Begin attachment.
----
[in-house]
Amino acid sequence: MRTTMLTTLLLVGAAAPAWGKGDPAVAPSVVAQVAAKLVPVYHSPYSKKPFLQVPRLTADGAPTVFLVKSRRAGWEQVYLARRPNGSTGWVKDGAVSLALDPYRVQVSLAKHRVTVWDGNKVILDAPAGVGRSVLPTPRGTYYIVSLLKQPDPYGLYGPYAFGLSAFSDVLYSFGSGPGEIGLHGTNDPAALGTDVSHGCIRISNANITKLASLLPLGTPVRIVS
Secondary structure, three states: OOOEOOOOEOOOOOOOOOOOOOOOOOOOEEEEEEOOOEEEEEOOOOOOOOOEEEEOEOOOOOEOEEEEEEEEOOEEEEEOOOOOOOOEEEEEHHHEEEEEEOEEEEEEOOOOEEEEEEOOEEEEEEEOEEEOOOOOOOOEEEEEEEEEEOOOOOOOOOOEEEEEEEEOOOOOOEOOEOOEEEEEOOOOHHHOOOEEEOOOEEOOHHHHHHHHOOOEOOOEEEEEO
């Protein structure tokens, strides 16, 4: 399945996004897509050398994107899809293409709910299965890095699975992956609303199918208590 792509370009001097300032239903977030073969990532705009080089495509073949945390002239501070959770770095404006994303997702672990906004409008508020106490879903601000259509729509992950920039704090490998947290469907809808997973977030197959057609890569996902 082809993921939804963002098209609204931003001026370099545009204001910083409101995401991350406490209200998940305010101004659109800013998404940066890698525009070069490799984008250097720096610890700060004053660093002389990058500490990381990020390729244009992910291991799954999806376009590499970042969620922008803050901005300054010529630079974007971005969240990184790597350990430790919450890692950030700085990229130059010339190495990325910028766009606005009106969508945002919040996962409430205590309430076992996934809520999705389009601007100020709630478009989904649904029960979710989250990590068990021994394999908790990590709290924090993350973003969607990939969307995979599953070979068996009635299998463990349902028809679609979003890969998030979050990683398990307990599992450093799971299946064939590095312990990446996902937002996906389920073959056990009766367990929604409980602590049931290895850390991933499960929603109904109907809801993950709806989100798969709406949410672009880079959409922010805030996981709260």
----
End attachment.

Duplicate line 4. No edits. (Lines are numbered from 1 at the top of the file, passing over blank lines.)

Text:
């Protein structure tokens, strides 16, 4: 399945996004897509050398994107899809293409709910299965890095699975992956609303199918208590 792509370009001097300032239903977030073969990532705009080089495509073949945390002239501070959770770095404006994303997702672990906004409008508020106490879903601000259509729509992950920039704090490998947290469907809808997973977030197959057609890569996902 082809993921939804963002098209609204931003001026370099545009204001910083409101995401991350406490209200998940305010101004659109800013998404940066890698525009070069490799984008250097720096610890700060004053660093002389990058500490990381990020390729244009992910291991799954999806376009590499970042969620922008803050901005300054010529630079974007971005969240990184790597350990430790919450890692950030700085990229130059010339190495990325910028766009606005009106969508945002919040996962409430205590309430076992996934809520999705389009601007100020709630478009989904649904029960979710989250990590068990021994394999908790990590709290924090993350973003969607990939969307995979599953070979068996009635299998463990349902028809679609979003890969998030979050990683398990307990599992450093799971299946064939590095312990990446996902937002996906389920073959056990009766367990929604409980602590049931290895850390991933499960929603109904109907809801993950709806989100798969709406949410672009880079959409922010805030996981709260």